By Olivier Vardakoulias, Climate Action Network Europe, and Christophe Jost, CEE Bankwatch Network, first published in the EU Observer on 22 December 2021
Where is the transparency in the EU €2 trillion recovery?
Two trillion euros, in fact. Such huge financial injections into EU economies can come with well-documented risks of embezzlement, corruption and corporate capture of public money
At over two trillion euros, the long term EU budget and the NextGenerationEU recovery package comprise the single largest stimulus in the history of Europe and include laudable aims to transform a post-pandemic continent into a greener, more resilient and prosperous society for the next generation of Europeans.
But how are member states planning to spend this massive chunk of money, and will they deliver on the required minimum of 37-percent spending for climate action while committing to “do no significant harm” with the rest of the investments?
The problem is that very little information is known about how this money will flow, and without better public engagement, this glaring lack of details threatens to derail the Green Deal.
Earlier in the year alarm bells rang about this lack of transparency as states began to plan spending from the €723bn Recovery and Resilience Facility. A survey of 20 EU countries found that the national recovery plans had not been properly consulted and next to no information was made available to the public.
The consequence is that, as details emerge about the types of recovery investments planned, EU countries seem set on continuing with business-as-usual projects and programmes that do not address the massive changes to economies and society the European Green Deal was designed to address.
Now the same concerns appear as the programming begins for the budget’s second largest slice, the €372bn Cohesion Policy. A month before the spending plans are supposed to be submitted for approval by the commission, stakeholders across the bloc have often been kept in the dark about the latest plans and how their opinions are being accounted for.
This is problematic because the EU is obliged by law to the ‘partnership principle’ for consulting stakeholders about cohesion spending, which provides a counterweight to the member states’ claims and assertions about how money will be spent.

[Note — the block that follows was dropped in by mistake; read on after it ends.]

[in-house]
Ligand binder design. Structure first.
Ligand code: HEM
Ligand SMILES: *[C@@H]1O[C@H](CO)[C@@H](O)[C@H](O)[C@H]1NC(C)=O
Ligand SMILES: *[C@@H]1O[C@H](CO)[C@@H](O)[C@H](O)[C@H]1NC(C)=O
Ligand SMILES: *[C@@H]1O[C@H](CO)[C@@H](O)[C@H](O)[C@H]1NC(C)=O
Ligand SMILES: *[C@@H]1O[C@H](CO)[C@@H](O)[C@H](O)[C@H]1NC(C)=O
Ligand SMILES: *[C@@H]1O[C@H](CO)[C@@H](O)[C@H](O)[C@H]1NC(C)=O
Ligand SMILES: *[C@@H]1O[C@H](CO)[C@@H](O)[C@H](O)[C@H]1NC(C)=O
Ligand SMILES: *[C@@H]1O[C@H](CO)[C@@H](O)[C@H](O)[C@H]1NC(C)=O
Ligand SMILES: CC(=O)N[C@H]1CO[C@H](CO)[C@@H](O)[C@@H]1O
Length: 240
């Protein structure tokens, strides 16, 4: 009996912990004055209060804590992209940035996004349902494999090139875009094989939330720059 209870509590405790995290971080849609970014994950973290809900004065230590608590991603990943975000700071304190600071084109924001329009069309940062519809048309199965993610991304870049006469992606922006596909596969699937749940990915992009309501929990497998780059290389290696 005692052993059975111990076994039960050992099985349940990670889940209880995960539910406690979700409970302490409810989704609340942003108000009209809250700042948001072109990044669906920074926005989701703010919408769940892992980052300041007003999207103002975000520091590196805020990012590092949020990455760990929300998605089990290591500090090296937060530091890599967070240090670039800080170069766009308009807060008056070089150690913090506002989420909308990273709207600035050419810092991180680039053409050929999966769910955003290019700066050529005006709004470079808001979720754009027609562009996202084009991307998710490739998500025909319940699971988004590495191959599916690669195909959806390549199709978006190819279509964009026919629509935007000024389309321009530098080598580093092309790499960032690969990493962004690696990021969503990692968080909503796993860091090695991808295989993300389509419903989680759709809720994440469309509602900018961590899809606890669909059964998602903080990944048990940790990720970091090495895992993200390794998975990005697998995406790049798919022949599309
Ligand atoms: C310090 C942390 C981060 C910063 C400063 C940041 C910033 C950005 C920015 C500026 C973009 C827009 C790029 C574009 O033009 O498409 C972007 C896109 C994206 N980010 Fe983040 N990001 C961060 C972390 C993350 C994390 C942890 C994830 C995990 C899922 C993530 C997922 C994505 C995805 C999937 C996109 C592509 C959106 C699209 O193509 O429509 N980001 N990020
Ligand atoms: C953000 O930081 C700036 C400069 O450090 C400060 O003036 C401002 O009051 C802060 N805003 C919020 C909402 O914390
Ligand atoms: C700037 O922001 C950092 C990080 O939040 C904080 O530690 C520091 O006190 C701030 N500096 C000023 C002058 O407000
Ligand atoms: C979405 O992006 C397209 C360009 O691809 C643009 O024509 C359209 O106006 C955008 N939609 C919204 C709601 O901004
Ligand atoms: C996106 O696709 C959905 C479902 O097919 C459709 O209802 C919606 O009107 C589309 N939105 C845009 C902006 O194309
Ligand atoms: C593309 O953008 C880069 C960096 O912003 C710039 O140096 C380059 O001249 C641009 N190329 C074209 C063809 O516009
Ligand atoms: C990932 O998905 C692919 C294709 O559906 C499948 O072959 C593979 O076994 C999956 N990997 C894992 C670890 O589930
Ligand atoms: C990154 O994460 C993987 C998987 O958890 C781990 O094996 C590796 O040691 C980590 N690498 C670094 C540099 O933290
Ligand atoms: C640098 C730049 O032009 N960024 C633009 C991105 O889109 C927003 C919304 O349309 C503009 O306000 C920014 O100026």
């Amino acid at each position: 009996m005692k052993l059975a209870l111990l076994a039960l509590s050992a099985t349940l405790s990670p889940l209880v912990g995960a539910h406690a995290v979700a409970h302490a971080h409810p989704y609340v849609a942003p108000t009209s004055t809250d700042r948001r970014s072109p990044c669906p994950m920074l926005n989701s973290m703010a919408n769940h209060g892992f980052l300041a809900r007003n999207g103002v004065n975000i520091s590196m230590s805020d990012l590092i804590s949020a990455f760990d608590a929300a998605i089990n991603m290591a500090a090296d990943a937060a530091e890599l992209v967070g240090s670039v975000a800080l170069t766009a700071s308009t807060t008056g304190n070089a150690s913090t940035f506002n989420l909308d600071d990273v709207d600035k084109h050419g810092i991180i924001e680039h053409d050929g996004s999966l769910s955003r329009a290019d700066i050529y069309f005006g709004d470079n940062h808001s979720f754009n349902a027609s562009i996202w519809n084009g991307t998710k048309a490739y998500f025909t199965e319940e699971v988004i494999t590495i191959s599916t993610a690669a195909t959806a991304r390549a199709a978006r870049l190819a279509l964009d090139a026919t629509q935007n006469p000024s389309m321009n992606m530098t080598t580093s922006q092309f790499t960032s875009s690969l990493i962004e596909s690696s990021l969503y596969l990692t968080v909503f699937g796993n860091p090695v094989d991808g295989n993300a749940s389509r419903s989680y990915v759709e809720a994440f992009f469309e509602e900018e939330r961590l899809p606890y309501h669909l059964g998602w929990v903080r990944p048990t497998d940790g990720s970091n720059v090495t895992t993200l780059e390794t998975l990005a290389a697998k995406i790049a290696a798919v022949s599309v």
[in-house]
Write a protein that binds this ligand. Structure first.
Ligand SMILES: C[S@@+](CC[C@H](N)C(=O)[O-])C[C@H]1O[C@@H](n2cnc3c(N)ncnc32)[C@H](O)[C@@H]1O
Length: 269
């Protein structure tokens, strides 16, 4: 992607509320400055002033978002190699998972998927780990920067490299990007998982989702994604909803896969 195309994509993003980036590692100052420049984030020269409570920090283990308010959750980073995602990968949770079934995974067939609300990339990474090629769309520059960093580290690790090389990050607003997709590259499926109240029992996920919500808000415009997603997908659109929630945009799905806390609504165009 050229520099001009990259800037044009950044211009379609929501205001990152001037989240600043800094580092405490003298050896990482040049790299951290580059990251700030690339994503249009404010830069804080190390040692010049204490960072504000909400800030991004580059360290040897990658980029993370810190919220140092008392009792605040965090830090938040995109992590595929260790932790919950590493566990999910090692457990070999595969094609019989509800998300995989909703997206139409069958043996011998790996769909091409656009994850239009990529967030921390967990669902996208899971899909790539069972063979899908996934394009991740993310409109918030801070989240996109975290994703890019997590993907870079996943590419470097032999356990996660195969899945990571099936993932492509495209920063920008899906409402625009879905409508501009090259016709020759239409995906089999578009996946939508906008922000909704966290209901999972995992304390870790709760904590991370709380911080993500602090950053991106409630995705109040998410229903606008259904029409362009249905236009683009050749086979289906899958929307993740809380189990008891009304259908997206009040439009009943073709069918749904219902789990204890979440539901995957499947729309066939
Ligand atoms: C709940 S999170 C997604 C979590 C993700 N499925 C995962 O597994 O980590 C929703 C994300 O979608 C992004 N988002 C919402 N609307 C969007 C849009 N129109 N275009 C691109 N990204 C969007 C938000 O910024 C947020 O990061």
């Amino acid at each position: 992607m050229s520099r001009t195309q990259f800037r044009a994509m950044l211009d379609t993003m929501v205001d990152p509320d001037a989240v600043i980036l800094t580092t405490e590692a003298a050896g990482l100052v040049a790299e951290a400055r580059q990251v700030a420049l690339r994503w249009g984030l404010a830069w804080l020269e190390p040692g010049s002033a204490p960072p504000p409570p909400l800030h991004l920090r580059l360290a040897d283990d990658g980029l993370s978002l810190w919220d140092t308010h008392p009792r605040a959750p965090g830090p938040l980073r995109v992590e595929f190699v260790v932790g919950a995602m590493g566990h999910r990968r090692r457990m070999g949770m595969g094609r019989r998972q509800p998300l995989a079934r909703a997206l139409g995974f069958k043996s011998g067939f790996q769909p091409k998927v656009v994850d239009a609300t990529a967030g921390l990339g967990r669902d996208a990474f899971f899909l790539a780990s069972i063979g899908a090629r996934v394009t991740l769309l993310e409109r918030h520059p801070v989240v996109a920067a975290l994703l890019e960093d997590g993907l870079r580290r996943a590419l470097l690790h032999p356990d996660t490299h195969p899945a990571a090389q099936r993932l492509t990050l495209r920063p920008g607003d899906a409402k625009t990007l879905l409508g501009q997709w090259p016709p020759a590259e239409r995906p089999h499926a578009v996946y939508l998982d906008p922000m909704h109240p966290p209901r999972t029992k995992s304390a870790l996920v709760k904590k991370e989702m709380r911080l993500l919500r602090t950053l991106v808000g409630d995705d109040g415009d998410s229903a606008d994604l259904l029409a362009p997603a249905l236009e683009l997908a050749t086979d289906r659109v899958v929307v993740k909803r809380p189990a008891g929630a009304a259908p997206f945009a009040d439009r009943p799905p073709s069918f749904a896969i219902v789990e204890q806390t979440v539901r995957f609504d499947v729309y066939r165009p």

Moreover, such huge financial injections into EU economies can come with well-documented risks of embezzlement, corruption and corporate capture of public money if not properly safeguarded.
Money that is borrowed today will be repaid by future generations, so involving citizens in the spending will increase scrutiny over the funds and reduce the risks of financial mismanagement.
To avoid the pitfalls that come with spending in secrecy, the commission must take corrective action against member states that fail to remain open about their intentions.
Behind closed doors
Local and regional authorities and civil society groups alike complain about a lack of access to the necessary planning documents, as member states move ahead with the negotiations behind closed doors.
Yet, the solution to ensure public participation and consultation exists in the form of ‘monitoring committees’, which should be composed of equal parts national and regional authorities, social and economic partners, business, academia and civil society.
These committees are designed to play the safeguard role and provide transparency and integrity checks on the billions of euros that are spent to keep the EU on track towards implementing the European Green Deal objectives.
Unfortunately experience thus far shows that these committees are being fast-tracked, sidelined or ignored completely.
The EU should also disclose what investments member states are bringing to the table. In order for proper scrutiny and oversight, details documenting reforms and proposals need to be public, but as it stands, it is unknown whether information will be out in the open.
If the commission stands firm behind principles of the European Green Deal, it must do more to counterbalance the strong political incentive to agree on the plans as soon as possible and to support any investment that might stimulate the economy.
There can be no trade-off between the speed and quality of the recovery.
Hundreds of billions of euros are at stake for the clean energy transition. How we use these massive amounts of public funding will decide if the commission can meet the aims of the European Green Deal. The outcomes will determine the legacy of this generation and show whether we were indeed intent on steering a green and resilient recovery.